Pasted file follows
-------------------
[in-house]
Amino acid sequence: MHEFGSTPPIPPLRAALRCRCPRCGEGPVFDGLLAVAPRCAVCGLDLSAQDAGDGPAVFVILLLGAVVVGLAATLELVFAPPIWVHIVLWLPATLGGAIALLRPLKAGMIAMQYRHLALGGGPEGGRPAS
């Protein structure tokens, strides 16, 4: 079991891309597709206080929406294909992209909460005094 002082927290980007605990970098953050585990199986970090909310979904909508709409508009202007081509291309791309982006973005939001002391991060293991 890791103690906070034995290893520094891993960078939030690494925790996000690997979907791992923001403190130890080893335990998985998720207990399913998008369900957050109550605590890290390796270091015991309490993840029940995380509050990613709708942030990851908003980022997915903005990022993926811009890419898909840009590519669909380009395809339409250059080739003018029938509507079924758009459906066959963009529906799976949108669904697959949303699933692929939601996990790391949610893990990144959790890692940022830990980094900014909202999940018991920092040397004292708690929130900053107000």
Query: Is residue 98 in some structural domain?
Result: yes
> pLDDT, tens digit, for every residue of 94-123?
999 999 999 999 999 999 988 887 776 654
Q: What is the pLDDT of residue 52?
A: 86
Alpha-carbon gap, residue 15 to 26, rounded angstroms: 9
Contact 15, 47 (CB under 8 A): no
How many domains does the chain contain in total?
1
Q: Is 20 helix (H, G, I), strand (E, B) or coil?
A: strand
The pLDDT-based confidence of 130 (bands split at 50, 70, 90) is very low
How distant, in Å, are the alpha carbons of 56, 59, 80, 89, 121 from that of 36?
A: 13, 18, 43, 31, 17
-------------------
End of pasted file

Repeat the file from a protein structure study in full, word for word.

[in-house]
Amino acid sequence: MHEFGSTPPIPPLRAALRCRCPRCGEGPVFDGLLAVAPRCAVCGLDLSAQDAGDGPAVFVILLLGAVVVGLAATLELVFAPPIWVHIVLWLPATLGGAIALLRPLKAGMIAMQYRHLALGGGPEGGRPAS
């Protein structure tokens, strides 16, 4: 079991891309597709206080929406294909992209909460005094 002082927290980007605990970098953050585990199986970090909310979904909508709409508009202007081509291309791309982006973005939001002391991060293991 890791103690906070034995290893520094891993960078939030690494925790996000690997979907791992923001403190130890080893335990998985998720207990399913998008369900957050109550605590890290390796270091015991309490993840029940995380509050990613709708942030990851908003980022997915903005990022993926811009890419898909840009590519669909380009395809339409250059080739003018029938509507079924758009459906066959963009529906799976949108669904697959949303699933692929939601996990790391949610893990990144959790890692940022830990980094900014909202999940018991920092040397004292708690929130900053107000």
Query: Is residue 98 in some structural domain?
Result: yes
> pLDDT, tens digit, for every residue of 94-123?
999 999 999 999 999 999 988 887 776 654
Q: What is the pLDDT of residue 52?
A: 86
Alpha-carbon gap, residue 15 to 26, rounded angstroms: 9
Contact 15, 47 (CB under 8 A): no
How many domains does the chain contain in total?
1
Q: Is 20 helix (H, G, I), strand (E, B) or coil?
A: strand
The pLDDT-based confidence of 130 (bands split at 50, 70, 90) is very low
How distant, in Å, are the alpha carbons of 56, 59, 80, 89, 121 from that of 36?
A: 13, 18, 43, 31, 17